Donnerstag, 15. September 2011

AlliiertenMuseum - Allied Museum - Musée des Alliés

All those passionate about WWII and Cold War should visit - for free - this museum situated in the middle of a quiet green residential area close to Krumme Lanke. The information displayed - in the yard and in the two separate sections - is available in German and English, you are offered movies documenting the daily life of the UK, French and American troops and the personnel speaks English. 

You can take pictures - without flash - or buy books about the West Berlin and the period following the end of the war. You need to spend here maximum two hours and at the end of the visit you'll conclude that it was an useful choice. 

The Hastings TG 503, produced since May 1946, the largest transport machine of the Royal Air Force, used during the Berlin Airlift

Checkpoint Charlie guardhouse - 1986-1990

The Strasbourg-Berlin French military trained, used till 1982

Memories of the Berlin Blockade

Douglas C-54 propeller

Remember the nuclear hysteria?

Berlin spy tunnel - A Reconstruction

French memories
A former outpost from the Wall

Enhanced by Zemanta

Eating out: Spice India

If you are around Ku'damm and hungry, try to find Uhlandstrasse 161 for a good Indian delight at Spice India. From the point of view of design, it looks as a combination of Thai - the Buddha statues - and Indian and Singaporean - the umbrellas -, with modern furniture. I was there around 4pm and wasn't very busy thus the service moved very fast. Happy Hours for cocktails from 6pm and Business Lunch offers from 12 to 4pm are also available. 

The menu is very rich and you can find all the classical Indian foods, with many meat-based choices. Two days after, no health problems - as happened in the case of another Indian restaurant in Berlin, so you could try it without worries. The prices are moderate and the service is worth a good tip.

The welcoming set: Indian bread and spicey sauces

Vegetables, rice and salad - a fresh choice

Bhatura bread, of course

Enhanced by Zemanta

Montag, 12. September 2011

Monday exhibitions' tour

In general, Monday is a quiet and lazy days for museums, but if you have some insights you'll discover that there are a couple of places where arts could be admired, sometimes for free.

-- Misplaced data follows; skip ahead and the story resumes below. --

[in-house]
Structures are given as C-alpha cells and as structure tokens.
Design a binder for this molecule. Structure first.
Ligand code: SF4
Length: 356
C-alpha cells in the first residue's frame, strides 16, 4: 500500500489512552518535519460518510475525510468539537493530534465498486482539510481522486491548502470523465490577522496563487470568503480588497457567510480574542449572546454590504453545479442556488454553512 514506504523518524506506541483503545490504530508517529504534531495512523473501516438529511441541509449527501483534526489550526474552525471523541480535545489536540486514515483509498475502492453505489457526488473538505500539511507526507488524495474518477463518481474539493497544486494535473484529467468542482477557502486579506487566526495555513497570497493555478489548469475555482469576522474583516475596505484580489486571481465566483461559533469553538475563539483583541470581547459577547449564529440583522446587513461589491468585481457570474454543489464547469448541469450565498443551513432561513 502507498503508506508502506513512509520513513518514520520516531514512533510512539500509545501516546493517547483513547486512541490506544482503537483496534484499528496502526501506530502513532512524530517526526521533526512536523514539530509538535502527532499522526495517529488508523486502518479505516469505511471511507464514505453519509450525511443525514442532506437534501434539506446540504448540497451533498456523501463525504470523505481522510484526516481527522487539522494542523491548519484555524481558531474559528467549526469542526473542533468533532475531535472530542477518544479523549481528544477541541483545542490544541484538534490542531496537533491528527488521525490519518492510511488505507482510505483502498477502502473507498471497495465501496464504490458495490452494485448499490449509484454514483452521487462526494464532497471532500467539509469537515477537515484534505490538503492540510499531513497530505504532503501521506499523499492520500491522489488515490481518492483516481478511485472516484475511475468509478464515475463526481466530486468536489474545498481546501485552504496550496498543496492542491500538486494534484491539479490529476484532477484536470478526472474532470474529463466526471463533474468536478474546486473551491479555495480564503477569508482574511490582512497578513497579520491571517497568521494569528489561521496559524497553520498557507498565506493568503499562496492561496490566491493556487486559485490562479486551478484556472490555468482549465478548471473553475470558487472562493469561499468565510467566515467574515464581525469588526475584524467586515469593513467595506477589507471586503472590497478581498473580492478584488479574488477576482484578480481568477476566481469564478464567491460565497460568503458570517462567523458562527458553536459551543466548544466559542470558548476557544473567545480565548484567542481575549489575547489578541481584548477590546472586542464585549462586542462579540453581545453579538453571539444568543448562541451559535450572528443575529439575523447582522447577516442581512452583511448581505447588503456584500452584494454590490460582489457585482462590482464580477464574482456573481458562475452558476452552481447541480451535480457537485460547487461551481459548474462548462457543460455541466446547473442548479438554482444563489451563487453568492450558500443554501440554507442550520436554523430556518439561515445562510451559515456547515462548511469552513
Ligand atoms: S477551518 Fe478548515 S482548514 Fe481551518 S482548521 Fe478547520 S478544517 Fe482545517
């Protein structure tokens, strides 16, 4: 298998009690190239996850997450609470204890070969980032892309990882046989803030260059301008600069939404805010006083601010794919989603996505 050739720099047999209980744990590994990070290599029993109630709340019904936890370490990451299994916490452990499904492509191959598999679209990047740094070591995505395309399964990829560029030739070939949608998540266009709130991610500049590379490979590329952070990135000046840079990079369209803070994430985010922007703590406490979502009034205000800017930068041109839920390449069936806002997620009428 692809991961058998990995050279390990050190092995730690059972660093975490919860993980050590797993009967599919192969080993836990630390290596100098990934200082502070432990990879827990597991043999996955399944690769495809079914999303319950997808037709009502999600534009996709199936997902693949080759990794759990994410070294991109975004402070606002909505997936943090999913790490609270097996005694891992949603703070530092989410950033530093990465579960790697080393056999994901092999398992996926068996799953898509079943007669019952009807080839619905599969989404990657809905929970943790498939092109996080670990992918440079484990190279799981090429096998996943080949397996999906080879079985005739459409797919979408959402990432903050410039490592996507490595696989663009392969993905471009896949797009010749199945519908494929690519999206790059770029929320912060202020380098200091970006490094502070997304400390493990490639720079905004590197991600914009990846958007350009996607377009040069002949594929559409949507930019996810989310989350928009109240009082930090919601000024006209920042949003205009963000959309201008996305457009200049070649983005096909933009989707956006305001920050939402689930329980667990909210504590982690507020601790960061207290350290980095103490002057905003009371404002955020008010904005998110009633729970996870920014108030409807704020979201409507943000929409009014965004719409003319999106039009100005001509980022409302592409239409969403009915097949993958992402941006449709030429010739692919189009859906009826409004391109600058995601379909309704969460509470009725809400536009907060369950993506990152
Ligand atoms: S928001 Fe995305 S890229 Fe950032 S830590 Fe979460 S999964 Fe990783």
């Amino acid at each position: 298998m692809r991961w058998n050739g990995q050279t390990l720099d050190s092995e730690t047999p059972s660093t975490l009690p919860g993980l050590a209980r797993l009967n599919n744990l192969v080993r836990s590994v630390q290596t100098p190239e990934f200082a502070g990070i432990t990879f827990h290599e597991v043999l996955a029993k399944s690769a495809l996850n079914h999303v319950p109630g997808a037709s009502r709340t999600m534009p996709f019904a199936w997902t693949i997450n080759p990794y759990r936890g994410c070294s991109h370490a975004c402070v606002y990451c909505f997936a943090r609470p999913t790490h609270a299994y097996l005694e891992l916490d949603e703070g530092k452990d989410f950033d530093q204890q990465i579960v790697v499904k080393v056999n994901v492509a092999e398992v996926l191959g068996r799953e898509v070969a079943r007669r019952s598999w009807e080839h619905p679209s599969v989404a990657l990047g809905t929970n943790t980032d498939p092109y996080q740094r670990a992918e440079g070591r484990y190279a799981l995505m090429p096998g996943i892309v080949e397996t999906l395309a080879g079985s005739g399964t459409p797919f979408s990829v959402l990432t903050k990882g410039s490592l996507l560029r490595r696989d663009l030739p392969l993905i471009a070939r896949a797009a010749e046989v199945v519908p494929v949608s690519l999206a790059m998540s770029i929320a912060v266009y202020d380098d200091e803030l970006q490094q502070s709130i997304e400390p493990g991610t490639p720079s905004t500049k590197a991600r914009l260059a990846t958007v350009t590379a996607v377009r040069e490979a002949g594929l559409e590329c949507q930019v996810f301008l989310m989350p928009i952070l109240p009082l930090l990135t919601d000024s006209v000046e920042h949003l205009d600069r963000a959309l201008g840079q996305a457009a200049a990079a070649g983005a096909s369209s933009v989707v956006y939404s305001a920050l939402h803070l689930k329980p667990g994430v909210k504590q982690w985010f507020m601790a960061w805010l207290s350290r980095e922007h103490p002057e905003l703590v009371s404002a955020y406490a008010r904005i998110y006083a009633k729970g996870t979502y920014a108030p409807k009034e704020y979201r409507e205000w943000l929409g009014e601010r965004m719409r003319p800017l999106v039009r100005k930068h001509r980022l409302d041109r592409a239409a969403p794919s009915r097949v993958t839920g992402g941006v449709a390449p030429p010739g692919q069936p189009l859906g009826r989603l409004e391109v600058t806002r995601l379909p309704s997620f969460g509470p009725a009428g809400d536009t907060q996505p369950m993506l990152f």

One such an example is Automobil Forum Volkswagen, at Unter den Linden 21. Periodically you can see here interesting exhibitions. Long time ago I've seen an exhibition about salt, today I admired a couple of wonderful photographic trips across Australia, by Peter Jarver, an expert in capturing on camera the mysteries of storms. The corners discovered by him are an amazing invitation to go and live there, as you can deeply feel the freedom of the high distances and the colors of the wild nature. The exhibition is presenting for the first time some black-and-white photographies, the result of Jarver's exploration in the indigenous areas. Each picture - on purchase for prices starting from 1.100 Euro - is accompanied by a short explanation of the context the picture was took, in English and German. You can still visit it till the end of October.

As a good example of public diplomacy, the exhibition is also offering a short introduction into the works and life of Ludwig Leichhardt, a famous German scientists who explored Australia's wildlife at the end of the 19th century.

Another stop on today's visual adventure was Deutsche Guggenheim offering each Monday to the visitors free entrance. Until 9 October you can watch a collection of videoinstallations titled: Once upon a time. Fantastic narratives in contemporary video. There were plenty of people around, including the guides - nice youngsters offering explanations in English and German. A labyrinth of short movies, exploring the human condition in various circumstances - dealing with the daily mechanical work, the present projections and recreation of the past, the daily routine. The exhibition is an investigation of the ways in which the realities could be re-written and re-interpreted taking into consideration the smallest details neglected in the originary meta-narrative. 

Overall, it was a pleasant start of the week. Looking for other surprises kept in the Berlin's box. 
Enhanced by Zemanta

Postcard from Unter den Linden

Today, on a very sunny day

Movies to skip: 1.Mai - Helden bei der Arbeit

This could be the worst movie about Berlin for me: a normal Mayday in Kreuzberg, where blind violence is the word of the day. Not even the 11-year-old Turkish kid Yavuz isn't spared as he is almost about to kill a Maoist/Anarchist freethinker/or freelancer he met on the street. Any single minutes you see blood, violence, aggression and anarchy, with or without reason. 

The kitsch of the characters and their actions is the bitter taste I got after watching this movie, telling maybe something about some people from some part of Kreuzberg. 
Enhanced by Zemanta

A short look at Robert Koch Institute

Every time some terrible virus is invading our quiet EU lifes, you'll hear for sure about Robert Koch Institute. Created in 1891 and headed from the creation until 1904 by Robert Koch who discovered the tubercle bacilus, it represents today the German federal institution responsible for disease and control prevention. Initially it was called the Royal Prussian Institute for Infections and Diseases. As all the German institutions, the institute wasn't secured of the National-Socialist bio-policies and after the war played an important role in the newly GDR health policies.